Your NPR news source

Brand Upon the Brain!

SHARE Brand Upon the Brain!

Made up from patchwork portions of psyche and cinema, Eros and pulp, Brand Upon the Brain! flashes to life in grainy, high-contrast black and white as if seen once before on a remembered screen. It’s a film made yesterday that looks like yesteryear. Guy Madden’s film is a silent film that’s far from silent, with a narrator and musical score. This weekend, it is being presented as a spectacular with the accompaniment of live orchestra, live sound effects provided by expert Foley artists, and narration by Crispin Glover. Later screenings will feature a narration recorded by Isabella Rosellini.

The film comes labeled as a Remembrance in 12 Chapters. It all starts when grown-up Guy Maddin receives a note from his mother… whom he hasn’t seen in 30 years. Obviously there’s some unfinished business here.

Young Guy grew up on suggestively-named Black Notch Island. When he lands there again after such a long absence, he doesn’t have mere flashes of memory; he has “spurts of memory” — an indication of the lubricious atmosphere wafting through this luscious hybrid. Guy’s despotic and overprotective mother ran an orphanage on the island, while Guy’s father worked incessantly in a laboratory in the basement, doing unknowable mad-scientist type things.

At the core of every melodrama lies a mystery. Maddin’s point of departure is a question: when you were a kid, what were your parents really up to? There are lots of answers, some actual, some psychoanalytical, some reserved for the imagination, which is the province of Brand Upon the Brain!

On Black Notch Island, all the orphans have curious head wounds. For this kind of mystery one needs the right kind of detectives. Enter the team of sleuths known as the Lightbulb Kids. Guy develops a raging crush; something hard to keep secret with his overbearing mother surveilling his every moment and keeping in constant contact via a device invented by his father, the aerophone. The electronic squawk of this device perfectly captures the way the voice of authority hits the youthful ear.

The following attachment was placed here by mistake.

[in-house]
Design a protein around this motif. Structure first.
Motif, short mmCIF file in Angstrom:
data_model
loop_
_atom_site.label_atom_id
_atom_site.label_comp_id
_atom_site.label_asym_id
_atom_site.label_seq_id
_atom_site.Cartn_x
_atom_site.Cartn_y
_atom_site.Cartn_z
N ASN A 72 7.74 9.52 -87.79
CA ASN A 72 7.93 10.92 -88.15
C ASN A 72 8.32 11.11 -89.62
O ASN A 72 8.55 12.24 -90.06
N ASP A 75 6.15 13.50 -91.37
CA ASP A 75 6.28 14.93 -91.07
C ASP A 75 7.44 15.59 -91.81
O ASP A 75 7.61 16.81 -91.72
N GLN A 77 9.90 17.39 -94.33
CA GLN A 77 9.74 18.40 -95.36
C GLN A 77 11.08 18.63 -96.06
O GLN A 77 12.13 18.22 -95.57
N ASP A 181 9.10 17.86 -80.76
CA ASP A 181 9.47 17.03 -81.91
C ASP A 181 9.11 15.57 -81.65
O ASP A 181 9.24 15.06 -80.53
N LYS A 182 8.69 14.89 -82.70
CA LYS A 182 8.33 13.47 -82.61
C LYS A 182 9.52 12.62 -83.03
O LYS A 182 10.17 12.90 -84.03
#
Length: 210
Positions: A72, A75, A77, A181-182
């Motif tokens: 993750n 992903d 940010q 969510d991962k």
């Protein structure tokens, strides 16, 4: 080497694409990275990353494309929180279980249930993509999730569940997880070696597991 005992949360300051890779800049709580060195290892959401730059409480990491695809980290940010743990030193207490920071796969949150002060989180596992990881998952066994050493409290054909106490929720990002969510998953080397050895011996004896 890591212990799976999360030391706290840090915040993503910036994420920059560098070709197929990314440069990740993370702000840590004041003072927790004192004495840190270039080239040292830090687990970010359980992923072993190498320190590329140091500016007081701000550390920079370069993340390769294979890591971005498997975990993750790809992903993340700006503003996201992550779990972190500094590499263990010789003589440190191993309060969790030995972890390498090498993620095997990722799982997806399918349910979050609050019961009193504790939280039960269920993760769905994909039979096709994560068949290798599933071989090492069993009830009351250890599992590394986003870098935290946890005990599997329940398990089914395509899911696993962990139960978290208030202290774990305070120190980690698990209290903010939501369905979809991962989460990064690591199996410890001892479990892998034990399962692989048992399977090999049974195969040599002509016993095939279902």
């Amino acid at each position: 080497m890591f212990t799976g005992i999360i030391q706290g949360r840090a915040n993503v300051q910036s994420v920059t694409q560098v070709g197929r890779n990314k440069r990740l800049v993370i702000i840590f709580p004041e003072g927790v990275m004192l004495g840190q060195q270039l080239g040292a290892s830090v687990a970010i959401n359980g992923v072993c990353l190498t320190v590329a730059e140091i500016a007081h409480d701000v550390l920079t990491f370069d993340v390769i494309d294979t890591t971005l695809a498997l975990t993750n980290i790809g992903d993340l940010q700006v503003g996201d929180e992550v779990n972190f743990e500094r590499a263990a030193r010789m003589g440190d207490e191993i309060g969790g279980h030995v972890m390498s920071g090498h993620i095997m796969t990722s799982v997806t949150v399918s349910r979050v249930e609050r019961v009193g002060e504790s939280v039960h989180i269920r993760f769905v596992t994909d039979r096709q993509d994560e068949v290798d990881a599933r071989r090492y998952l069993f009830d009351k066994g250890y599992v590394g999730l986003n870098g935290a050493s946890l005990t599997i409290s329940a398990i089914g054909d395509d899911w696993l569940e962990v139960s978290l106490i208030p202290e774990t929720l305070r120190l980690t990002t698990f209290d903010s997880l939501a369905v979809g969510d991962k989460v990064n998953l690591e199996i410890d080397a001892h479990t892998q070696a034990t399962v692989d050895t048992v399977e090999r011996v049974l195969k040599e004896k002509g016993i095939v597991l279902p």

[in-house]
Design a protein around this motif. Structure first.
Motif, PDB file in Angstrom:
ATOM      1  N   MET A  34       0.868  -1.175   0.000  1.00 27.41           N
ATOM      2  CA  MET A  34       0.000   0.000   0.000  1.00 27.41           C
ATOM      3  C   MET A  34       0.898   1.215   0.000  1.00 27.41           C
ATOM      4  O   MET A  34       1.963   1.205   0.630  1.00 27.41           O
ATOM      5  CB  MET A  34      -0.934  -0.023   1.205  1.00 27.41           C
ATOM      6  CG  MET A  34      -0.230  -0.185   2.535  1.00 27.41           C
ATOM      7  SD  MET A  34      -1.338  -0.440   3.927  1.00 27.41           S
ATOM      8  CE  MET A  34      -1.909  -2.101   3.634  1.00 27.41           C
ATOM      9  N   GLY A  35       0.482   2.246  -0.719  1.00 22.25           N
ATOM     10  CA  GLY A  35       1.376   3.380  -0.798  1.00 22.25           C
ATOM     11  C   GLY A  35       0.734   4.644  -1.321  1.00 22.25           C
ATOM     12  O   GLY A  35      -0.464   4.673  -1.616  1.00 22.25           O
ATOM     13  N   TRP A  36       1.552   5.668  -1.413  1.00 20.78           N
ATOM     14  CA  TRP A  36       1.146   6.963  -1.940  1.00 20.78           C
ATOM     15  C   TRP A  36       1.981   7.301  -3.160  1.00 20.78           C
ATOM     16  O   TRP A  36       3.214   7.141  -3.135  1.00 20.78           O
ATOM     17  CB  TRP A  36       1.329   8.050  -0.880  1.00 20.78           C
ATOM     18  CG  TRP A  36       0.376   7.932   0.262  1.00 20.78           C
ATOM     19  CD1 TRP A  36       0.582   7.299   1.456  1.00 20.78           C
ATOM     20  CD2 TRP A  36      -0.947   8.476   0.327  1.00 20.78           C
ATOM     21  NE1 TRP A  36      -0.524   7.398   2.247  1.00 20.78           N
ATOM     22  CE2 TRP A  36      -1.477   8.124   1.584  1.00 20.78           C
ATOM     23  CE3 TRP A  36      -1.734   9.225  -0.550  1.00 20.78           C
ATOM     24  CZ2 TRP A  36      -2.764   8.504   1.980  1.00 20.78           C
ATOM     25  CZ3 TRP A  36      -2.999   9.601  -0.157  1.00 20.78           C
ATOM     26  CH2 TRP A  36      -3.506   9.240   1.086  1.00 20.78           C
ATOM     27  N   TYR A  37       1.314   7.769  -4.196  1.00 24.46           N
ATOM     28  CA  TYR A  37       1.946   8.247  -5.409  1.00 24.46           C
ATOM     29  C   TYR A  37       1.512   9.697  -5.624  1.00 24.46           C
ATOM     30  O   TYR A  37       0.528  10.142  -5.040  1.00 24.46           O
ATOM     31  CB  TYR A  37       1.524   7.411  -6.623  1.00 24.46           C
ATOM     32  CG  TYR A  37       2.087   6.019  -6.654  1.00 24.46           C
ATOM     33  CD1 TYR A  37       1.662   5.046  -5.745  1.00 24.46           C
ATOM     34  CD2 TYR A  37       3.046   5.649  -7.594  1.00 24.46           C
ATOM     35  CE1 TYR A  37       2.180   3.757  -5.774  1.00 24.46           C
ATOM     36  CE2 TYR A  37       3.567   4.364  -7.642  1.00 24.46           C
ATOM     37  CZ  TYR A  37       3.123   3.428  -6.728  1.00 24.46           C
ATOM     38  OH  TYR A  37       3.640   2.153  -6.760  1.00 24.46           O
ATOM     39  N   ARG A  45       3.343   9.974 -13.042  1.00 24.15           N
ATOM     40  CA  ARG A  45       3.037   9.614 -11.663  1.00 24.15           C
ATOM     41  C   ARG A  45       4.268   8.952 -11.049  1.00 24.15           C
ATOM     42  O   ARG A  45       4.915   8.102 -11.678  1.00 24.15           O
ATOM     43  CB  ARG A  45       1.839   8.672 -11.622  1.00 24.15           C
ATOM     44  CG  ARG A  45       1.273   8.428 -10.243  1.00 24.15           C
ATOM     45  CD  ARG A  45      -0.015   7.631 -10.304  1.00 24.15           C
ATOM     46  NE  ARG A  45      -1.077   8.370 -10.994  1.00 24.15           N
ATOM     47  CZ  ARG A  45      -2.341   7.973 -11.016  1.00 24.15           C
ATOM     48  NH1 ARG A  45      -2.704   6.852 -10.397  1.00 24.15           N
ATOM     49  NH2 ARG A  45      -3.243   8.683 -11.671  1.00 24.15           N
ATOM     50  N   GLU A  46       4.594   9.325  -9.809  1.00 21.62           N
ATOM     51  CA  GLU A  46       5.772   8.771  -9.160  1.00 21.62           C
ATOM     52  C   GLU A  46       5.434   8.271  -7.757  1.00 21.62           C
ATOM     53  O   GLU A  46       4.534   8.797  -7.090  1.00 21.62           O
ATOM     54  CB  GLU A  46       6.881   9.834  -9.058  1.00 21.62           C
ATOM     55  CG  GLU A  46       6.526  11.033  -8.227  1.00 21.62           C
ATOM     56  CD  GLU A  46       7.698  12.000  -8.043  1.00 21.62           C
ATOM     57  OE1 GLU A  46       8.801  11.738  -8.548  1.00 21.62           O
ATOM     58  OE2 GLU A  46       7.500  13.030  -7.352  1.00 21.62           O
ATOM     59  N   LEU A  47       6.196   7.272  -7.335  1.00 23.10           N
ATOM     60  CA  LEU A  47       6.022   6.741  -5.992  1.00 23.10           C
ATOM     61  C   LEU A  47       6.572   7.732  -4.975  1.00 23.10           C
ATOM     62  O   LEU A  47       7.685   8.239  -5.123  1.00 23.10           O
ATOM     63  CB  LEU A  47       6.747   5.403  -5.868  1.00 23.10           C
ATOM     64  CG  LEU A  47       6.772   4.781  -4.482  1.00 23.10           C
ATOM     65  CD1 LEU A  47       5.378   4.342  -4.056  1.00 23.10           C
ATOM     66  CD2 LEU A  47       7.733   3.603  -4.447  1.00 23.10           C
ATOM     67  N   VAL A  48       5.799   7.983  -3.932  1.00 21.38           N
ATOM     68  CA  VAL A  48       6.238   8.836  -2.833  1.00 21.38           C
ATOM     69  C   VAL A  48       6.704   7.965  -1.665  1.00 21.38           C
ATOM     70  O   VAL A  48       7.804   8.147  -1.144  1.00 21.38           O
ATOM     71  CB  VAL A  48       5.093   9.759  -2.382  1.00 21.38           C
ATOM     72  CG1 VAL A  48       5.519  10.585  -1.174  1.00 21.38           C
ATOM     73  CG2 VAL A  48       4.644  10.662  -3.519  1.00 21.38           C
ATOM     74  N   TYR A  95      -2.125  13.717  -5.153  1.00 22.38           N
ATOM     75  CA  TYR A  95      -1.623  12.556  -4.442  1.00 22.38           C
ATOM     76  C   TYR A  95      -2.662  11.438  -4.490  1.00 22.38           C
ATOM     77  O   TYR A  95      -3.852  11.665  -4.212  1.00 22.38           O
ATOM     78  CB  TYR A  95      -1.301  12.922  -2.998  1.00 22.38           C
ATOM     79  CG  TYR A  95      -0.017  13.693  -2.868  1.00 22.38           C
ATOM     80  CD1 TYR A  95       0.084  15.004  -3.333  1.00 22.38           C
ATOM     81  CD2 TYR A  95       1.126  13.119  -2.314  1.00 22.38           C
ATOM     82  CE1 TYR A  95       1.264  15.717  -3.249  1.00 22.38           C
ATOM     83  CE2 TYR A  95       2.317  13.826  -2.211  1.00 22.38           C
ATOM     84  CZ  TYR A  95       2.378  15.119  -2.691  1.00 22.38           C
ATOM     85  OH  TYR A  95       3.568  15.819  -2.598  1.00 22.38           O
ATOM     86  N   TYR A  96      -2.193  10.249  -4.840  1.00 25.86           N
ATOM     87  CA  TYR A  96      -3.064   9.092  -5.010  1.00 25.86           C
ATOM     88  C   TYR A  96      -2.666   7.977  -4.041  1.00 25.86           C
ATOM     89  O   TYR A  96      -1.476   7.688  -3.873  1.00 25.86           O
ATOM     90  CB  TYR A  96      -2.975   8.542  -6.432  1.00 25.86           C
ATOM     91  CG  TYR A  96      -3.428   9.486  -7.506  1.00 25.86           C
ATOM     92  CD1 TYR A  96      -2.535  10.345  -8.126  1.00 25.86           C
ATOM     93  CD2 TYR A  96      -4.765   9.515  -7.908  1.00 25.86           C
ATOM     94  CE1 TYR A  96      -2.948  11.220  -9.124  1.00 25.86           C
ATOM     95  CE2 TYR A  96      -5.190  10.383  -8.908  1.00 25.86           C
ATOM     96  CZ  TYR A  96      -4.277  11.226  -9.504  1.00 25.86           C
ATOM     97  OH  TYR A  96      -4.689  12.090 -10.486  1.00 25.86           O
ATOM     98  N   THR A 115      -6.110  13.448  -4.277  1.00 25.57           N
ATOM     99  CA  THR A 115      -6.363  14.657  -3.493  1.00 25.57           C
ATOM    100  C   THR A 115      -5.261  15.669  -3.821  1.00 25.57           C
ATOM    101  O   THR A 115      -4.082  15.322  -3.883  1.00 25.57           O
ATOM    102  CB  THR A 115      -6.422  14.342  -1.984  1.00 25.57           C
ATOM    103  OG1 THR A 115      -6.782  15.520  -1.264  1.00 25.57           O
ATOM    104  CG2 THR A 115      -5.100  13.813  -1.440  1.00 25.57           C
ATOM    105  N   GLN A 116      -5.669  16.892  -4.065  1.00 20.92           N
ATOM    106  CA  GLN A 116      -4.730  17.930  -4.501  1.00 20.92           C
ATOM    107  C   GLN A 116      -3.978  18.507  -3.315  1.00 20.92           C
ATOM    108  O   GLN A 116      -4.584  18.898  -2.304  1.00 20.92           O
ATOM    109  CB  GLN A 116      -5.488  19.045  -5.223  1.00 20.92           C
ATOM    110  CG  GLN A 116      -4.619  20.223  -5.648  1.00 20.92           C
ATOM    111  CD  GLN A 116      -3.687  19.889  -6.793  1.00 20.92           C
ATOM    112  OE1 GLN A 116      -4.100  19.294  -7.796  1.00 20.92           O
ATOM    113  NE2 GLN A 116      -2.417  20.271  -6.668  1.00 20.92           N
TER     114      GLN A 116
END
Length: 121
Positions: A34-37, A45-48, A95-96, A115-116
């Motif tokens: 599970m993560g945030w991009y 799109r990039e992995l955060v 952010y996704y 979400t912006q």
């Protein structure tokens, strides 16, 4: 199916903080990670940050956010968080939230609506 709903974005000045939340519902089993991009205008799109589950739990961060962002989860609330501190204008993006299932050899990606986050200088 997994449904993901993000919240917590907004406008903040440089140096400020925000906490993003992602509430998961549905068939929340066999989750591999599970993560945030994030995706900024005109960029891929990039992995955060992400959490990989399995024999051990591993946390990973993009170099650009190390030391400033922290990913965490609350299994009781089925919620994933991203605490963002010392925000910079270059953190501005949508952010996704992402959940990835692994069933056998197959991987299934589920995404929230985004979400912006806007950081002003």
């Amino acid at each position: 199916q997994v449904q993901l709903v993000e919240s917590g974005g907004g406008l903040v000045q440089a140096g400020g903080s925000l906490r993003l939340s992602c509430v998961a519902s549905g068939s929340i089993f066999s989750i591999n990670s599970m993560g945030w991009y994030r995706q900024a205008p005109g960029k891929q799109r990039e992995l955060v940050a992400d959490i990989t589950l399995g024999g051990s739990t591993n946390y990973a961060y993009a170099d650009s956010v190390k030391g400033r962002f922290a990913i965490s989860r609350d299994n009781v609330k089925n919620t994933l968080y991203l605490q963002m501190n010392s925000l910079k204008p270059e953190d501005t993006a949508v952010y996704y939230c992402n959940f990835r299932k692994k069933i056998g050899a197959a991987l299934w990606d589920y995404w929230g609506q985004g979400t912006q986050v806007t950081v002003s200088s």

Maddin’s facility to play with film genres and forms – as if they were so many notes of a cinephile’s scales – isn’t empty formalism. Brand Upon the Brain! looks like an Expressionist horror film from the early German cinema. But what is it doing crossbred with a teen detective serial? Why does it look like it might have been directed by an early 20th century French filmmaker steeped in the techniques of mid-to-late 20th century experimental and avant-garde filmmaking?

The answer, I venture to say, is simple: it’s all done to tell a true story. Intricate exchanges of desire and indifference, jealousy and favor, neglect and attention, turn every family into its own island with a mysterious past. Maddin twists this truth into the stylish forms that give his films their distinctive identity. Around a kernel of personal emotional history, he wraps sophisticated wit and velvety black humor.

Meanwhile, psyche and sex, marinated in cinematic essence, are stirred to a boil in a pot. Back to the story: Guy has an older sister. This always complicates things. The alluring teen detectives become the focus of emanations of libido from Guy and Sis. Maddin thinks there’s something sexy merely in the name of famous teen detectives: The Hardy Boys! Apostrophe! Nancy Drew! Whew! Their wholesomeness and superior powers of deduction no doubt masked the inevitable hormonal surge of teen spirit. But they were never sexy in the way Maddin makes his investigators.

Guy’s crush is forced to leave the island, while his sister’s new boyfriend Chance remains. Things and people are not what they seem. And the mystery deepens. What happens when Guy’s sister falls into a trance at the sound of the foghorn? More I cannot say.

The plot reaches appropriately grand melodramatic heights encompassing attempted suicide, marriage, re-animation of the dead, guilty parties exiled from Black Notch Island.

A bittersweet melancholy threads through the undertones of this whirlwind experimental narrative. That is Guy Maddin’s gift. In his six minute-long film The Heart of the World, made in 2000, he put more pure cinema smarts, beauty and feeling than some filmmakers can ever hope to get into an entire life’s work. While not as compact, Brand Upon the Brain! is every bit as breathtaking. Maddin’s latest film is a wry artifact full of formal twists and eccentricities that makes great entertainment. If one has grown tired of the same old types of films, the refreshing collage of Maddin’s film – made out of the types of old films – offers perfect antidote. It hits the eyes like a bracing shot of nectarite – but to find out what that is you’ll have to follow Guy Maddin on a trip to long ago happenings on Black Notch Island.

Brand Upon the Brain! opens tonight at the Music Box Theatre in Chicago.

Throughout the weekend, the film will be accompanied by a live orchestra, sound effects by a Foley artist, and narration by Crispin Glover.

The Latest